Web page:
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Person pinning drip line into the ground with metal stakes.


Sprayers and drippers are a water wise and water efficient above ground option for watering your garden. In this video we show you how to install sprinklers, flexi tube drippers and drip lines in your garden.


1Lay poly pipe to attach sprayers

Measure and cut the poly pipe and pin it to the ground. Sprayers are good in hot houses and vegetable patches. They're not so good in shrubbery. There are many different types of sprayers. Some will have flexi tube and a riser already attached. For other types you will have to attach these yourself.

Person holding a range of sprayer and dripper parts

2Attach a sprinkler with flexi tube and adapter

First we demonstrate how to attach a sprinkler with a flexi tube and a 4mm adapter already attached. Use a hole punch to punch a hole in the poly pipe and push the 4ml adapter into the pipe. Put the stake of the sprinkler into the ground where you would like the sprayer to spray.
Person punching a hole in poly pipe

3Attach a sprinkler without a stake

To install a sprinkler that's not on a stake, you will need to attach it to a metal riser to install it. In this demonstration the sprinkler is attached to a 4mm adapter. Connect the adapter to the pipe in the same way as in Step 2.  Place the metal riser in the correct position for the sprayer
Person attaching a sprinkler to a metal riser

4Attach the flexi tube and adapters to the sprinkler

Installing your own flexi tube gives you more flexibility on how far you want your sprayer to be from your plants. First snap the 4mm adapter off the sprinkler. Cut the flexi tube to length. Attach one end to the sprinkler and the other end into the 4mm adapter. Pre-punch a hole into your pipe and attach adapter to the pipeline. Put sprayer in place.
A sprayer on a riser attached to poly pipe

5Roll out poly pipe for drip system

Use a drip line system when installing individual dippers. First roll out poly pipe and measure and cut. It is easier to roll the pipe out on the lawn where easier to work with. Lay the pipe in the garden and pin it in place.
A person pushing down a pin with their boot to secure poly pipe

6Punch holes

Use your hole puncher to individually punch a hole behind each plant. Make sure the hole is on the side of the tube facing toward the plant.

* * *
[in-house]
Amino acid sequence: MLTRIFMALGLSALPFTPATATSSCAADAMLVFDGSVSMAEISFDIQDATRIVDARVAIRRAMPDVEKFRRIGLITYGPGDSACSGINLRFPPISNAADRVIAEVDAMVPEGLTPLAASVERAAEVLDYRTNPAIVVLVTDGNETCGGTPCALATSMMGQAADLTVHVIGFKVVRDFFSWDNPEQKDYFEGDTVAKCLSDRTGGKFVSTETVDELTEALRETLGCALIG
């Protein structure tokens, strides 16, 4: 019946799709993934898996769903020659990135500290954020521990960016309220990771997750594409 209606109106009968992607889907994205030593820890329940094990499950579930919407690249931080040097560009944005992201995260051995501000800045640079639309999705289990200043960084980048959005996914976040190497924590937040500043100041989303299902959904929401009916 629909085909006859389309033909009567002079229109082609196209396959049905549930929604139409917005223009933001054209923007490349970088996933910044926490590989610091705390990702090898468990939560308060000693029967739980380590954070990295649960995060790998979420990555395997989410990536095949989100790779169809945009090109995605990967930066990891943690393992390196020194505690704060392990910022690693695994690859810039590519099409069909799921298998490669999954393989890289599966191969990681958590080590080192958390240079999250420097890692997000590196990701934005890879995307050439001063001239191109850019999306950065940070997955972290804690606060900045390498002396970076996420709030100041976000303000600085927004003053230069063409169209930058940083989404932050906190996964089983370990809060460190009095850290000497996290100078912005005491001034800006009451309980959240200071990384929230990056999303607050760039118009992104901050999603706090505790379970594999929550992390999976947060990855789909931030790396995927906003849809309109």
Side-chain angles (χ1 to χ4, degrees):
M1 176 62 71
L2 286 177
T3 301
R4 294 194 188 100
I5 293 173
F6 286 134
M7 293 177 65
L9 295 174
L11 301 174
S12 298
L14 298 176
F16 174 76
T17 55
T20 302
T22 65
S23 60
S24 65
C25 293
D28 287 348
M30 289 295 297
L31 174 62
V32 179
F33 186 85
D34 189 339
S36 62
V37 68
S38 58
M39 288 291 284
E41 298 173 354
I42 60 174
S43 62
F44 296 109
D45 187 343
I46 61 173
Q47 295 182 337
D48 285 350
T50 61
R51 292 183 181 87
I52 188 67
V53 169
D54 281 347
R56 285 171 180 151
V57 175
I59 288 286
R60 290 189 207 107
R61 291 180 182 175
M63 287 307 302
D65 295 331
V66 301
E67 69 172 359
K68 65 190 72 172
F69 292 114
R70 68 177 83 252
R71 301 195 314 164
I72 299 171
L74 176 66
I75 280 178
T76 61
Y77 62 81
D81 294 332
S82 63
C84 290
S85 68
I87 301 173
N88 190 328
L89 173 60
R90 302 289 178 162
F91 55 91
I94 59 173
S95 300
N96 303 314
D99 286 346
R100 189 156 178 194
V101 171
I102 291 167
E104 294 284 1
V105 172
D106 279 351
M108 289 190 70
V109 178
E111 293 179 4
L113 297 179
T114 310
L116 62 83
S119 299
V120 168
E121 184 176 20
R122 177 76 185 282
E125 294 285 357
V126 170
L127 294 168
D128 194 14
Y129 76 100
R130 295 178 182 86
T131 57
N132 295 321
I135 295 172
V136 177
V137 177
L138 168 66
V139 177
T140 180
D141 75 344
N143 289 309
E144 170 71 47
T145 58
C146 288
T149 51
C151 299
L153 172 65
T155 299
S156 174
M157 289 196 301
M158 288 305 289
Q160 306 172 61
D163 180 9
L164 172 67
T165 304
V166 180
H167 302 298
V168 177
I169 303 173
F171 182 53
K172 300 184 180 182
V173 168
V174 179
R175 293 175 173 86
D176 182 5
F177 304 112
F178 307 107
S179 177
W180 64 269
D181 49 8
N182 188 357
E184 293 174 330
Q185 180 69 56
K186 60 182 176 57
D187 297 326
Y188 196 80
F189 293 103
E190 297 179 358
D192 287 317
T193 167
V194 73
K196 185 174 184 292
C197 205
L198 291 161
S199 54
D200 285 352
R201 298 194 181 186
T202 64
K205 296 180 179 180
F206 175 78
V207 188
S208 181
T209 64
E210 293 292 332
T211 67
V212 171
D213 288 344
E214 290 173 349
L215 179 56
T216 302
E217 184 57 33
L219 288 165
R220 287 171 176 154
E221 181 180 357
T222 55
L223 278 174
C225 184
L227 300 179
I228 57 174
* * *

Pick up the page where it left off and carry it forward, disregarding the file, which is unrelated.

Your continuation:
A person punching a hole in poly pipe laid out in a garden bed

7Cut flexi tube to size

Cut the flexi tube to size. Measure each piece to the right length by holding one end to the pipe and the other to the plant. Cut a piece of flexi tube for each hole that you've made in the pipe.
A person cutting flexi tube with a special cutting tool

8Attach adapters and drippers to the flexi tube

Attach double end adapters by placing one end into the flex tube and other into the pipe. Then attach the dippers on the other end of the flexi tube. Make sure the holes in the pipe are on the correct side. Place the dripper next to the base of the plant.
A person attaching flexi tube to a dripper

9Install a drip line

Drip lines are perfect along hedges. They are easy to install because they already have perforated holes along the piping. There is nothing to attach. Measure lengths and cut to size. Pin down the pipe of drip line in your garden.
A person using pins to secure drip line in a garden bed

10Join drip lines

To attach drip lines to each other, you'll need a 13mm elbow and 13mm locking clamps. Dip the ends of the drip line pipe in hot water to make them more flexible and pliable so you can get the fittings in easily. Run the remaining drip line around hedges. At the end of your drip line put in an end cap. Push it into the line and use a hammer to push it in securely.
Person joining two drip lines with an elbow locking clamp.

11Join the drip line to the dripper system

In this example we attach the drip line system to the dripper system laid earlier. You'll need a 19–13mm reducer, and 19mm and 13mm clamps. Attach the 13mm pipe to the smaller end of the reducer and the 19mm pipe to the bigger end.
Person joining drip line to dripper system.

12Attach the whole system to a garden tap

Attach the whole irrigation system to the garden tap. You will need a 19mm snap on connector. Test the system and make sure everything is in good working order.
Person attaching whole irrigation system to garden tap.
Health & Safety

Asbestos, lead-based paints and copper chromium arsenic (CCA) treated timber are health hazards you need to look out for when renovating older homes. These substances can easily be disturbed when renovating and exposure to them can cause a range of life-threatening diseases and conditions including cancer. For information on the dangers of asbestos, lead-based paint and CCA treated timber and tips for dealing with these materials contact your local council's Environmental Health Officer or visit our Health & Safety page.

When following our advice in our D.I.Y. videos, make sure you use all equipment, including PPE, safely by following the manufacturer’s instructions. Check that the equipment is suitable for the task and that PPE fits properly. If you are unsure, hire an expert to do the job or talk to a Bunnings Team Member.